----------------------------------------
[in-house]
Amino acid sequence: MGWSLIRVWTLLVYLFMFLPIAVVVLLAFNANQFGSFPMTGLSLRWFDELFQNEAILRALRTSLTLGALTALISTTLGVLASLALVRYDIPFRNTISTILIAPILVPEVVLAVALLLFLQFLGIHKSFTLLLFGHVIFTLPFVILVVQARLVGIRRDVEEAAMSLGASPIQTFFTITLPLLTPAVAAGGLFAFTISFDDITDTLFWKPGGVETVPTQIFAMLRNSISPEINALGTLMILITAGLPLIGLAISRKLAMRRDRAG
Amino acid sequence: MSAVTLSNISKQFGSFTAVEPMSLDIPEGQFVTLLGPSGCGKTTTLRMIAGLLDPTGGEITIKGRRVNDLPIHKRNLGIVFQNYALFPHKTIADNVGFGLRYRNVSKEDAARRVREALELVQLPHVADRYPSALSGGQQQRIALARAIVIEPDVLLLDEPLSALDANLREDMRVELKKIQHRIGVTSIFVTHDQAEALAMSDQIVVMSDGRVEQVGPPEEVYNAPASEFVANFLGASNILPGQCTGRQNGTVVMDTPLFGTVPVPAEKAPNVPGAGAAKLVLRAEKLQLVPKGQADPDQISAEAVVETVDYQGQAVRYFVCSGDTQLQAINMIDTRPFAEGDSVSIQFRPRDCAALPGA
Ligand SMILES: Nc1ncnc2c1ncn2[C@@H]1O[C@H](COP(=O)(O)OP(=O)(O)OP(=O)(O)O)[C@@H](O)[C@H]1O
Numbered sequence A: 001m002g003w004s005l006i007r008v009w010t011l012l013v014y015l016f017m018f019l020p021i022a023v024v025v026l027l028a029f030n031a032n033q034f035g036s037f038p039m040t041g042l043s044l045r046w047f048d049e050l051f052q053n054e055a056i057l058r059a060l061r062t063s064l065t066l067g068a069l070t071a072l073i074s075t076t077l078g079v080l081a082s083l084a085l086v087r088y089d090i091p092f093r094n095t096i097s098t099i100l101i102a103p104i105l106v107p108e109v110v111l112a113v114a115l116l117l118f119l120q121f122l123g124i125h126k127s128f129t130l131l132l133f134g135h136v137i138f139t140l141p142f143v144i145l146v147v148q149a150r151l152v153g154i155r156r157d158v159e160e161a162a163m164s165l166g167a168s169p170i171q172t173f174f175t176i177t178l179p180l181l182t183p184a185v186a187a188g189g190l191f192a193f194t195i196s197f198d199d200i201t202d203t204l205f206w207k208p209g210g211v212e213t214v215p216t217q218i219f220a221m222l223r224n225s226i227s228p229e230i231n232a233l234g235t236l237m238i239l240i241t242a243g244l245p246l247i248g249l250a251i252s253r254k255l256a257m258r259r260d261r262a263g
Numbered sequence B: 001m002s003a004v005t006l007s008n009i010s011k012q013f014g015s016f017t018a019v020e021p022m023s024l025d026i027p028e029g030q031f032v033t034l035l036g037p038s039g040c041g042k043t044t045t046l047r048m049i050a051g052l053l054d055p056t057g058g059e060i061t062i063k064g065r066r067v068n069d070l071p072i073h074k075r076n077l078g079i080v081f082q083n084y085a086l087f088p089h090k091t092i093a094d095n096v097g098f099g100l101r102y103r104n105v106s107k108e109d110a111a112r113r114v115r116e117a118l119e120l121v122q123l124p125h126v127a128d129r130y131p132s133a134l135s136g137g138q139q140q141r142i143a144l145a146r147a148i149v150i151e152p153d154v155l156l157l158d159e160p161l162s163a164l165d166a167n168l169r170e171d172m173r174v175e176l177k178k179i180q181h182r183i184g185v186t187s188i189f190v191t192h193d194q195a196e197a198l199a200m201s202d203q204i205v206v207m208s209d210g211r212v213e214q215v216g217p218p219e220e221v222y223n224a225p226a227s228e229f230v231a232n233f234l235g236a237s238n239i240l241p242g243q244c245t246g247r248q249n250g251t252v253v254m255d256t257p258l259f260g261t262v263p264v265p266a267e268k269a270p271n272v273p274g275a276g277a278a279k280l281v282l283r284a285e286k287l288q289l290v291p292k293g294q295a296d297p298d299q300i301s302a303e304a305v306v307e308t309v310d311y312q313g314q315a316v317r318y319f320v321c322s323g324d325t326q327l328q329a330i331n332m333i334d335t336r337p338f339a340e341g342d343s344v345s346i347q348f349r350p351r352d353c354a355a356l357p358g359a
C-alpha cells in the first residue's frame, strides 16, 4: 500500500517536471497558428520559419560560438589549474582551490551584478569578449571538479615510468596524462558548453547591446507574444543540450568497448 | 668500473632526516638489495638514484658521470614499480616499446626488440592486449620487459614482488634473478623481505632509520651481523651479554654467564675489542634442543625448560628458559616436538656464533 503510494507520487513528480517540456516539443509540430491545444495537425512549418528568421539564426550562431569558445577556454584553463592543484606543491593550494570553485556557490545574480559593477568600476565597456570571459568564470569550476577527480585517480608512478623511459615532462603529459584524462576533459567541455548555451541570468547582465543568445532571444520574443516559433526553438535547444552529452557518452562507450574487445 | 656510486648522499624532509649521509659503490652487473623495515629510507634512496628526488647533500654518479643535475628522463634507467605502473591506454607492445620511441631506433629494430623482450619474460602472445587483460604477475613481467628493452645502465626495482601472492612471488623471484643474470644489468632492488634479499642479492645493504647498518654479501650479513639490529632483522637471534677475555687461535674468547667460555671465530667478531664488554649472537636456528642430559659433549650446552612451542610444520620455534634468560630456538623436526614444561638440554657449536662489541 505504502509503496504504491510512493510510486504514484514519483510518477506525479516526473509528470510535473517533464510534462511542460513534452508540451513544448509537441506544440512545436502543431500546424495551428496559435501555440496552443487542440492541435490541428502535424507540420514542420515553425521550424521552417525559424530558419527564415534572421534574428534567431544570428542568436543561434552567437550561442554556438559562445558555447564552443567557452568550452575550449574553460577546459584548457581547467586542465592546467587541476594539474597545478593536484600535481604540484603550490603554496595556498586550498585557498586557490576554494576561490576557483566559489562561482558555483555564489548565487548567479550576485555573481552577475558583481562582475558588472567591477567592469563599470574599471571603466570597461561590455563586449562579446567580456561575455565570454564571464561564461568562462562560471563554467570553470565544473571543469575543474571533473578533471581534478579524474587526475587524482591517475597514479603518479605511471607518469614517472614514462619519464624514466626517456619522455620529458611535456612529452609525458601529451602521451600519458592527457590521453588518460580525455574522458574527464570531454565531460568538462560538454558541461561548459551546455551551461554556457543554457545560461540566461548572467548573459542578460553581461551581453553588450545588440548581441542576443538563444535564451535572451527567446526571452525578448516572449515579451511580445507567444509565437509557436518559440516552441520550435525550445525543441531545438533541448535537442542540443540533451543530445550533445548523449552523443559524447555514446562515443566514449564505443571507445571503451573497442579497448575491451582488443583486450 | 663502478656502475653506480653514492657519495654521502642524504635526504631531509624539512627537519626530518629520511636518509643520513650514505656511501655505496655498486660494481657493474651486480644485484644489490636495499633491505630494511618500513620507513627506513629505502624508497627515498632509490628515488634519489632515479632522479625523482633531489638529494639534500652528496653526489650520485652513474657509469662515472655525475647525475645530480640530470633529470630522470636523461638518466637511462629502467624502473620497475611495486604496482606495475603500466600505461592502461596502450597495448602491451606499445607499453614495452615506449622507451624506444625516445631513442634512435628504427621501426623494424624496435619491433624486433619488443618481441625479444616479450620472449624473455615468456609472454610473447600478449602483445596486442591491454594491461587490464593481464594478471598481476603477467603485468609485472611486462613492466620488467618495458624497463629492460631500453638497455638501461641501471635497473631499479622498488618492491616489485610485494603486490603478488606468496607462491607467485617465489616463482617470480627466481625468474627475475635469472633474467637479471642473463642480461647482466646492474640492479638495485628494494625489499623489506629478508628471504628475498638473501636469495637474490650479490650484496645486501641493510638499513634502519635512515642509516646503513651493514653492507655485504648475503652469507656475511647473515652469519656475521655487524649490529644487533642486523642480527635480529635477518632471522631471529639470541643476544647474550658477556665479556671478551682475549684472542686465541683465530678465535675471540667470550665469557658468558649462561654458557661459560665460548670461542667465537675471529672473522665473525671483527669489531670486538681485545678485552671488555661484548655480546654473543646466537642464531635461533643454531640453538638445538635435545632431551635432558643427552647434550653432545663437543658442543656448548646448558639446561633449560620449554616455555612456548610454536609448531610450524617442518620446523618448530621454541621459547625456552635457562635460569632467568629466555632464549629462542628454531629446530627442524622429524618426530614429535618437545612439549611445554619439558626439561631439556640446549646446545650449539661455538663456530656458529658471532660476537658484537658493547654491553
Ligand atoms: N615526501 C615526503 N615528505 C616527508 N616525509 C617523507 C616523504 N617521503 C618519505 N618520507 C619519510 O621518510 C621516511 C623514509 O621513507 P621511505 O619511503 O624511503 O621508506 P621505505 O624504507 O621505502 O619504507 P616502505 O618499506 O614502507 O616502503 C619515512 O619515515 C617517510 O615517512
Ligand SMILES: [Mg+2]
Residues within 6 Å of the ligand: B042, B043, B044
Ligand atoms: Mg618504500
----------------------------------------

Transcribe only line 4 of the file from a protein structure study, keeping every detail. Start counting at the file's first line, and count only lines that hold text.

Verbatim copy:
Ligand SMILES: Nc1ncnc2c1ncn2[C@@H]1O[C@H](COP(=O)(O)OP(=O)(O)OP(=O)(O)O)[C@@H](O)[C@H]1O